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Roulade at a Glance
France, West Europe
Type of Charcuterie
Meat of choice, filling of choice such as other types of meat, vegetables, cheese and others, wine or stock
Roulad, rouladen, rinderroulade, braciole, Szüz tekercsek, paupiette, zrazy, kohlrouladen, pork roulade, beef roulade, fish roulade, chicken roulade, veal roulade, game roulade, lamb roulade, turkey roulade, duck roulade, vegetable roulade, rolada, morcon
The emergence of roulades in charcuterie began around 1789-1799 during the French revolution. It gained popularity alongside galantines. This West Europe dish comes from France and so does its name. Roulade comes from the term "rouler" and the Old French word "roler" meaning to roll. The term roulade is applicable to many different culinary products that are made in a rolled fashion.
In charcuteries, roulades are similar to galantines, except that these are not put in natural casings. Rather, these are encased in plastic or cheesecloth or bound with a string or picks. These can also be made from a wide variety of meats, not just poultry.
Although roulades can be made with a variety of ingredients and comes in different types, these are all made in a similar fashion. Thinned slices of meat are tenderized and laid flat then covered with filling. There is no rule as to what can be used for fillings. Vegetables, seasoned meats, cheese, bread stuffing, hard boiled eggs, sausages and many others may all be employed.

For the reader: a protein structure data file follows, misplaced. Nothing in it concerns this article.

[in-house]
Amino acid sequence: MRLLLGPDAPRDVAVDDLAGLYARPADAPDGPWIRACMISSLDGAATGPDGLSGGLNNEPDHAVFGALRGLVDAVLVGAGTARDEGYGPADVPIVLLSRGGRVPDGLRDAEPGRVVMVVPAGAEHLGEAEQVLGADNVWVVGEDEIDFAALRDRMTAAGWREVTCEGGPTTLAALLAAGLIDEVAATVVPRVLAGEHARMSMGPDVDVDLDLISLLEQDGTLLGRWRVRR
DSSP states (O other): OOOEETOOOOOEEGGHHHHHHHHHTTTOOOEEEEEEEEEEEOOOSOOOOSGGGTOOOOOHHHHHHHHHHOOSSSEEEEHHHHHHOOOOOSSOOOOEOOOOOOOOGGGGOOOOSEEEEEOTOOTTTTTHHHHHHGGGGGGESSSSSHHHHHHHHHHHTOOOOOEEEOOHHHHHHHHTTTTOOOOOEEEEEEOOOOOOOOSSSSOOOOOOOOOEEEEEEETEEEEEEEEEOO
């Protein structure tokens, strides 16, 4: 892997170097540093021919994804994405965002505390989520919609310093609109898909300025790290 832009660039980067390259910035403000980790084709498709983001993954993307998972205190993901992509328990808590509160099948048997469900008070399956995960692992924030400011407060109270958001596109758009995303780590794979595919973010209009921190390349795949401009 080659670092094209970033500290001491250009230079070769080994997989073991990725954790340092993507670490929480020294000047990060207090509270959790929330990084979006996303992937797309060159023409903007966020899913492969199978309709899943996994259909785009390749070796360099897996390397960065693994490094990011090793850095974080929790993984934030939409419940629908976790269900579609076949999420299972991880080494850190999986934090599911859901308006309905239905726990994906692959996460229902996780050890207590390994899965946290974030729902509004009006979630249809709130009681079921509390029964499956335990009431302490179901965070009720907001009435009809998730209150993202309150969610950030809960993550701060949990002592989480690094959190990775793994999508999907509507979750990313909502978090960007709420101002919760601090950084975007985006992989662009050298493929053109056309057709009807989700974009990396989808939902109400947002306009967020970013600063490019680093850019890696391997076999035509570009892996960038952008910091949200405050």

The meat is then rolled to encase the filling. The entire roll is trussed using a cheesecloth or plastic. It may also be bound using string after which it is braised in stock or wine. The roll may also be seared to brown the meat.
The cooked roulade is then sliced thickly producing disks with a spiral or circle in the middle. Being made fresh without any cure, the cooked meat is usually a pale gray color on the inside and brown on the outside due to searing. The flavor of a roulade differs from one recipe to another and is dependent on the ingredients used.
Roulade can be enjoyed in a variety of ways and may be served both cold and warm. It may also be accompanied by various sauces to compliment it. Some side dishes that go well with roulade include potatoes, beans and other vegetables. This charcuterie product may be served on its own or together with other dishes as part of a meal.
Photo Credit: oliver.leitzgen